May 9, 2009


The hardest move to make is the approach.  Just take a look at guys as they get their nerves up to approach women.  The fact that they’re rarely sober when they finally do stagger over proves my point.

Since the approach scares people so much, it’s no surprise this fear keeps people from taking action.  Obviously, nothing happens until you take action.

By the way, the approach starts when you go looking for restaurants and bars to perform in.  Again, that’s the reason there are so few professional magicians working these gigs.  Most people don’t want to walk into a restaurant, ask for the job, try to explain they don’t do kids shows, get looked at like a weirdo, and then get rejected.  You’d think they’d be glad you didn’t want to be around children.

Anyway, you get my point.  A lot of magicians want restaurant or bar gigs, but they don’t want to approach these places and face the hassle.  What they’re forgetting is when they do get hired at a restaurant, the entire job is the approach.

Only now, instead of being rejected by the manager of the Stevie Nicks Fajita Roundup, you get to endure the vacant stares of European tourists that think every American approaching them is going to pull a gun and ask for their three Euros.

Don’t get me wrong, all of this isn’t as bad as it seems.  It’s probably way worse than you think.  Still, it’s a fun job and most people are super cool.  Think about it this way.

If you have an office job and don’t like somebody you work with, you have to see him every day.  When you’re a restaurant magician, you may have to put up with entertaining lawyers, republicans, and other unsavory types, but then they leave.  Well, they may leave.  In my case, I just described the regulars (and my friends) at one of my bar gigs.  See, magic brings everybody together.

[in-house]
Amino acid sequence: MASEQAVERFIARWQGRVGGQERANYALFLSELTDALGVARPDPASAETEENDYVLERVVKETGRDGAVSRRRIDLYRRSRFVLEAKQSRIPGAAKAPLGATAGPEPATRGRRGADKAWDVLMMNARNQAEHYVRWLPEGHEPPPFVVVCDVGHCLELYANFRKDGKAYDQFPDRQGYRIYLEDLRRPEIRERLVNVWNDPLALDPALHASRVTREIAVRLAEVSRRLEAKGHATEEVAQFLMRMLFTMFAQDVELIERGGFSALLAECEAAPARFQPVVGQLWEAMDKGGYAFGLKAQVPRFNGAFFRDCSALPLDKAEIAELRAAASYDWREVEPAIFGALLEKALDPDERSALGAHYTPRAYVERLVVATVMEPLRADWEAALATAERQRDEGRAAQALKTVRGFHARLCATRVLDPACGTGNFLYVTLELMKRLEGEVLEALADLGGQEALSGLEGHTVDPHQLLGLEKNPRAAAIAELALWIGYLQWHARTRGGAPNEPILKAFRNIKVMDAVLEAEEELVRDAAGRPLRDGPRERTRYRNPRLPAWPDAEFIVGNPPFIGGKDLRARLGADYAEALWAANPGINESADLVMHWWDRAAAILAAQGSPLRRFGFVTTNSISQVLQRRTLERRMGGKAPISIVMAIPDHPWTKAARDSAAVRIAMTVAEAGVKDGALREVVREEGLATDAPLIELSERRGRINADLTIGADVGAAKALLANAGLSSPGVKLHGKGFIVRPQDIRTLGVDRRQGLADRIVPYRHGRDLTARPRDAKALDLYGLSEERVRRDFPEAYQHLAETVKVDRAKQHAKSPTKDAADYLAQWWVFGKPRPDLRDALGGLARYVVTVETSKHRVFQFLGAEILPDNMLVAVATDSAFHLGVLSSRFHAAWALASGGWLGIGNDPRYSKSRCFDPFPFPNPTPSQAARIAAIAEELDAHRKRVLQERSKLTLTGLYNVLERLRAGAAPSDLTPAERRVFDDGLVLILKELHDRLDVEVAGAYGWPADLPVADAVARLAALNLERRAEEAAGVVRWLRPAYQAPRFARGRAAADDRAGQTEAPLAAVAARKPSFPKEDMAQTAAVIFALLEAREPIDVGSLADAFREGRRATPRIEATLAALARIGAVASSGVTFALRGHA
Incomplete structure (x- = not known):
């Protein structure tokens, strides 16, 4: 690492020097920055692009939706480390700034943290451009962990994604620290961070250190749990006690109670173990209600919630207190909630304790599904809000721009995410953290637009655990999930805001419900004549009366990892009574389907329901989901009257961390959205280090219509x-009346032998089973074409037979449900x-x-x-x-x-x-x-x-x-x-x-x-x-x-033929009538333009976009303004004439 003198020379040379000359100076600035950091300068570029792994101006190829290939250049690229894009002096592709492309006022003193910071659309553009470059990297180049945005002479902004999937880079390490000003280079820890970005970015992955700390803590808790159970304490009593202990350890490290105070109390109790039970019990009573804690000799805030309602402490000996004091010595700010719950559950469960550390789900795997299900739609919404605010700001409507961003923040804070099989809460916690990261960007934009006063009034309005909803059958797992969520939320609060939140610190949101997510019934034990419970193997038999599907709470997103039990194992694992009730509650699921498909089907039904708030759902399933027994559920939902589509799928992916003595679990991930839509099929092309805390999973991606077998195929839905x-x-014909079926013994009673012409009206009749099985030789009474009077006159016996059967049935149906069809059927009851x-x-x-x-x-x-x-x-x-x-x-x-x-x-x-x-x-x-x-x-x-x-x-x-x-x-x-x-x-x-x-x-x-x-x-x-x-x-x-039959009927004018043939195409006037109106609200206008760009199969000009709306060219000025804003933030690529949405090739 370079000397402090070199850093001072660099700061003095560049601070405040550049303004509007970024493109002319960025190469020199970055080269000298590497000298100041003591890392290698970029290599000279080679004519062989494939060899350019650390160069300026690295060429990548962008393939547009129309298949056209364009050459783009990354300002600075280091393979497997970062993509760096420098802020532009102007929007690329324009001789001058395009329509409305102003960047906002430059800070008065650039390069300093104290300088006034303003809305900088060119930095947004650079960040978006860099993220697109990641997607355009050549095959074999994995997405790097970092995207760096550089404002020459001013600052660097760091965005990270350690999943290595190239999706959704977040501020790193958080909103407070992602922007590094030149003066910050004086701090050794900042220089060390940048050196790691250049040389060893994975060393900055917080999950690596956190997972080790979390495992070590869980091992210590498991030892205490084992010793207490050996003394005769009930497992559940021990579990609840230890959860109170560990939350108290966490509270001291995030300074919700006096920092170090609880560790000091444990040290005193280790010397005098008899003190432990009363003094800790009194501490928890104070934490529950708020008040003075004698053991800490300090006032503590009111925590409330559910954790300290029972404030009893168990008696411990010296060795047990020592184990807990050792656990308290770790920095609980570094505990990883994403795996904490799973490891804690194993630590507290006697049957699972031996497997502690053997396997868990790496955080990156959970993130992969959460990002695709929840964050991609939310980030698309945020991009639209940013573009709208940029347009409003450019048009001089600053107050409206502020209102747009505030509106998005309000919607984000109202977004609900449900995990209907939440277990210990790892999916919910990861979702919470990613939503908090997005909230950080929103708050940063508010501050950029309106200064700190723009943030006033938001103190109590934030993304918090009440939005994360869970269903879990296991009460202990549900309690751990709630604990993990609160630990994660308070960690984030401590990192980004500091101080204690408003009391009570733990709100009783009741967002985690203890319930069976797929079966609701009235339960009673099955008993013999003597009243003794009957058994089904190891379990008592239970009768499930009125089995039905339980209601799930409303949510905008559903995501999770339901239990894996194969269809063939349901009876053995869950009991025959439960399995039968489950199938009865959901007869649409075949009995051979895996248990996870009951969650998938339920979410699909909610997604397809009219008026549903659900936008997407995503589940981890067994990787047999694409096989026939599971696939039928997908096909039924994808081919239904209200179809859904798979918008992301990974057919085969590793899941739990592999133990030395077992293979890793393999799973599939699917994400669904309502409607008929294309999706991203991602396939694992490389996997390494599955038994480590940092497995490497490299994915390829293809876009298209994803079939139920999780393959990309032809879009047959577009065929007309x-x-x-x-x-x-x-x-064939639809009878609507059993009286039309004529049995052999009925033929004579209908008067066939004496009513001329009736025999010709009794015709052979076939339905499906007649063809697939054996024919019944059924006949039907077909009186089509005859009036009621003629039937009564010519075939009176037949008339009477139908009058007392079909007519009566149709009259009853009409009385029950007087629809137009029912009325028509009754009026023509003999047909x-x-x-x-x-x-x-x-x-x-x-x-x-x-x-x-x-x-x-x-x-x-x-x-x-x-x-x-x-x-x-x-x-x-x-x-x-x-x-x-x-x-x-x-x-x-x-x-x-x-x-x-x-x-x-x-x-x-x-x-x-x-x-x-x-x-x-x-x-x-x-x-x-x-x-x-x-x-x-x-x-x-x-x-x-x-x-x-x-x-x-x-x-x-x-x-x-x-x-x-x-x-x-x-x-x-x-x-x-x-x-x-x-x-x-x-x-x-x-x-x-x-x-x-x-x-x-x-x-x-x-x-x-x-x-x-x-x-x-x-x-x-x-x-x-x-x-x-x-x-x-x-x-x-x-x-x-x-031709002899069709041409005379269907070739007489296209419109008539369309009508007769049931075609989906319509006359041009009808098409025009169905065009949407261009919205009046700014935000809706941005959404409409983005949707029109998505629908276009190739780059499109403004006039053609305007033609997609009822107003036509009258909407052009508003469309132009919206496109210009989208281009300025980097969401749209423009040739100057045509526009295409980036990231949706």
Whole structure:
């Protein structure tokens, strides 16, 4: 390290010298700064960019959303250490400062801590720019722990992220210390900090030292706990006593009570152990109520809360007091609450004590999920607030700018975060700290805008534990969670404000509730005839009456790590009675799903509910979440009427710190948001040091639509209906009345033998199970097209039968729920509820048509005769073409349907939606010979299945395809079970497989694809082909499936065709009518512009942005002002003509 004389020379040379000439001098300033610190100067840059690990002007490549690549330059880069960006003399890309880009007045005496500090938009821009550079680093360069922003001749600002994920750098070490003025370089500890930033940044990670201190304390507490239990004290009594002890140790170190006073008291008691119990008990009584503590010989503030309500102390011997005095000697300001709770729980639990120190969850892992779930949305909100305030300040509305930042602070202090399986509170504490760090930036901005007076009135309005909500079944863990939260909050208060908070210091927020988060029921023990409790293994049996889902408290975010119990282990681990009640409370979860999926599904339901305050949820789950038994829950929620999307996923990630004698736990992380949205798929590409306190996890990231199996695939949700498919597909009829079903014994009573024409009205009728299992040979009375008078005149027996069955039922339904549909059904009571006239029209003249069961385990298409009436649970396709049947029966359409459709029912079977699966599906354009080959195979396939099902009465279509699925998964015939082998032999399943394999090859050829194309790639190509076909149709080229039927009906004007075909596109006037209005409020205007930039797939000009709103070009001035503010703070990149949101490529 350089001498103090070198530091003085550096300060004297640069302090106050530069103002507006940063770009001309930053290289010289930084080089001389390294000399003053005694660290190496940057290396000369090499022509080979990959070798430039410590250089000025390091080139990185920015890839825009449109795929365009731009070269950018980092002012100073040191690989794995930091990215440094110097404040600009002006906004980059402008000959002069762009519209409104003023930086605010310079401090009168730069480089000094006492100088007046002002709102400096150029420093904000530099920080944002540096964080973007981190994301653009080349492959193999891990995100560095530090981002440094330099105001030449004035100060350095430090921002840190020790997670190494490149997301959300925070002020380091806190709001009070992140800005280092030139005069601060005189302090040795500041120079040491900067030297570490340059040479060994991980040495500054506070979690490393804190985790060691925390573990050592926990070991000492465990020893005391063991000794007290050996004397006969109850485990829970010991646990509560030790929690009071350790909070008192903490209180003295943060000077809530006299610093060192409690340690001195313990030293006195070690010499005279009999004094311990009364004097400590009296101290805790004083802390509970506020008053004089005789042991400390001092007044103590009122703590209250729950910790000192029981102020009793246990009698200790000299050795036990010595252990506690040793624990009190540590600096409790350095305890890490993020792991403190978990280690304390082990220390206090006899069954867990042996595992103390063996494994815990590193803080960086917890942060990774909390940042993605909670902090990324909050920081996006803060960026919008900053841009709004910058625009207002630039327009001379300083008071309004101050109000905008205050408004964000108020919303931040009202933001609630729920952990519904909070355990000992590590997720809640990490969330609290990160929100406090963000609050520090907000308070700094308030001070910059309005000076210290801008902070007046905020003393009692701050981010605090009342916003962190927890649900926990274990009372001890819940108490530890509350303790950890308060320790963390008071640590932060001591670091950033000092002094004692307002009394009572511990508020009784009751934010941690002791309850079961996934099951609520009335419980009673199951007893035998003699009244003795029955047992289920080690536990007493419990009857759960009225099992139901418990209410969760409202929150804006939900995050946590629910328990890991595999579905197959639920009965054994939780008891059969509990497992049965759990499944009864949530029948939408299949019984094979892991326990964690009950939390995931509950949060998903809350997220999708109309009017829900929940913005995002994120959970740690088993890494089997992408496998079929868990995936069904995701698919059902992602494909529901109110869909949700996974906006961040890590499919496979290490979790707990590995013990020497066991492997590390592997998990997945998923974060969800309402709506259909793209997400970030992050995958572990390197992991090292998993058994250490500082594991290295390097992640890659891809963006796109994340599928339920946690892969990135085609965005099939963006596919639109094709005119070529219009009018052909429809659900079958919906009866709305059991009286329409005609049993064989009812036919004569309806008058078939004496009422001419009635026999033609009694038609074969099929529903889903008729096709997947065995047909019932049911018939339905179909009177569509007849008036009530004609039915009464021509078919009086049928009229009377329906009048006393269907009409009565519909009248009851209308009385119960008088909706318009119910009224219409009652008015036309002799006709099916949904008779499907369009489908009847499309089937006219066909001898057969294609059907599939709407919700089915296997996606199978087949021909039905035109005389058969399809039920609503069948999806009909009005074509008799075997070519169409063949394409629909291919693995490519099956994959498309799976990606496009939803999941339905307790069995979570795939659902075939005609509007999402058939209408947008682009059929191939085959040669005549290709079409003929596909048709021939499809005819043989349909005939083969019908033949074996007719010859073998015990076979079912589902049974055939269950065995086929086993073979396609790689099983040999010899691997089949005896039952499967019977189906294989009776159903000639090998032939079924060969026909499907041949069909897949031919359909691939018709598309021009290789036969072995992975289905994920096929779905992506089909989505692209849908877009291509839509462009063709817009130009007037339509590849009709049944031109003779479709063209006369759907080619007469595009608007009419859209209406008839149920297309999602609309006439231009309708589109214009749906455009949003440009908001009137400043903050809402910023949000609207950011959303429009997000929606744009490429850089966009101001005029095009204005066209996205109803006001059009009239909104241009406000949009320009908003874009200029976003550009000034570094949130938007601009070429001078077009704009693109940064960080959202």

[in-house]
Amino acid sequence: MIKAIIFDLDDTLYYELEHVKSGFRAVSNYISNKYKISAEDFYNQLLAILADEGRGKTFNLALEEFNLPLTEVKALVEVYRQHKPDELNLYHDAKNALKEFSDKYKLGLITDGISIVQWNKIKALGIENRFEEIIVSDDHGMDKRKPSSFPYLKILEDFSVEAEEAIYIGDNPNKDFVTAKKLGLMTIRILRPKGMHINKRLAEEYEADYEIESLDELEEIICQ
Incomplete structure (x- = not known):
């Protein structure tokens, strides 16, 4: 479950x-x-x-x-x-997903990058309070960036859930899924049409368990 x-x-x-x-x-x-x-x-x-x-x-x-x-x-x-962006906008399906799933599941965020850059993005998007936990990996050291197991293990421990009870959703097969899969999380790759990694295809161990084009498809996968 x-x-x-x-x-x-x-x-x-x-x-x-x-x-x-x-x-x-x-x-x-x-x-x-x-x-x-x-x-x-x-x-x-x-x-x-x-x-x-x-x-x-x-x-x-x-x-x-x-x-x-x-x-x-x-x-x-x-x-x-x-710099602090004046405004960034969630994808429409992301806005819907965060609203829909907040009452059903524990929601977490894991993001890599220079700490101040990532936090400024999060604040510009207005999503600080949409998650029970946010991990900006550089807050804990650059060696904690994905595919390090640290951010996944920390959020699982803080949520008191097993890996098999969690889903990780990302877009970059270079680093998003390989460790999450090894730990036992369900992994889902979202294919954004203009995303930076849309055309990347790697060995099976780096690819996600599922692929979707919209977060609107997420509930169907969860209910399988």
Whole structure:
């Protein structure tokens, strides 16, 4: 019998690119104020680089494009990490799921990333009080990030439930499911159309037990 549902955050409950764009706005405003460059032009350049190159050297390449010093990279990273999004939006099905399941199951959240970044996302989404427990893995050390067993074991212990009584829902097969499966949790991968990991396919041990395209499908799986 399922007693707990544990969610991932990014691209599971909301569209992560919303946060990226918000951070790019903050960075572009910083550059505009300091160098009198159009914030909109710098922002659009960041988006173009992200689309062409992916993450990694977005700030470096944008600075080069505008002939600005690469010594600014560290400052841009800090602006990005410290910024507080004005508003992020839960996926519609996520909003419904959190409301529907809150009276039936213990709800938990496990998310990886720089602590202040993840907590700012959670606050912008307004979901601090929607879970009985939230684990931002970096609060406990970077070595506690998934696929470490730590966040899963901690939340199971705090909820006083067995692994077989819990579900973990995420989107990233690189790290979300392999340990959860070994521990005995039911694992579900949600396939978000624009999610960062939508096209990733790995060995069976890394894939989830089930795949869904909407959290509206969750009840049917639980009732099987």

Since the approach is the hardest part for most people, I wanted to share some of my thoughts on how you can make doing it better.  By better, I mean less painful and more success with people that want to see your magic as opposed to telling you to they’d prefer to watch the hockey playoffs on TV (even though its July).

Like everything, a good approach doesn’t sound canned.  There is nothing creepier than a sales guy that delivers a canned script to you in person.  They always have a far off stare that reminds me of the kids in Children of the Corn.

Just like your show, you have to learn to be yourself.  Being yourself means being honest.  As a matter of fact, a good approach will blend into the opening effect and the rest of your show seamlessly.  Something I was guilty of years ago was “stepping on stage” when I started the magic.

For example, I would walk up to a table being myself and when I started in with the tricks, I suddenly “stepped on stage” and became someone else.  It wasn’t like I was doing a character, I was just scripted.  I also insisted everybody call me Malakai.

As I found my voice, which is just another way of saying I got comfortable enough to be myself on stage, my shows and my approach became more honest.  When you achieve a high level of stage comfort and can be yourself, everything becomes way easier.  In fact, it’s so easy, you wonder why you made things so hard on yourself.

I’ve never been able to bullshit an audience.  For instance, when I work The Magic Castle, I do four shows a night for seven nights in a row.  I improvise a lot and when I first started at The Castle, I would do a show, and if something in particular got a big laugh, I’d remember it for the next show.

However, when I repeated the line, it never worked again.  I had people watch for this phenomenon and they agreed I was performing the joke exactly the same with the exact the same wording, yet it wouldn’t work the second time.  The audience could sense my lack of enthusiasm and sincerity.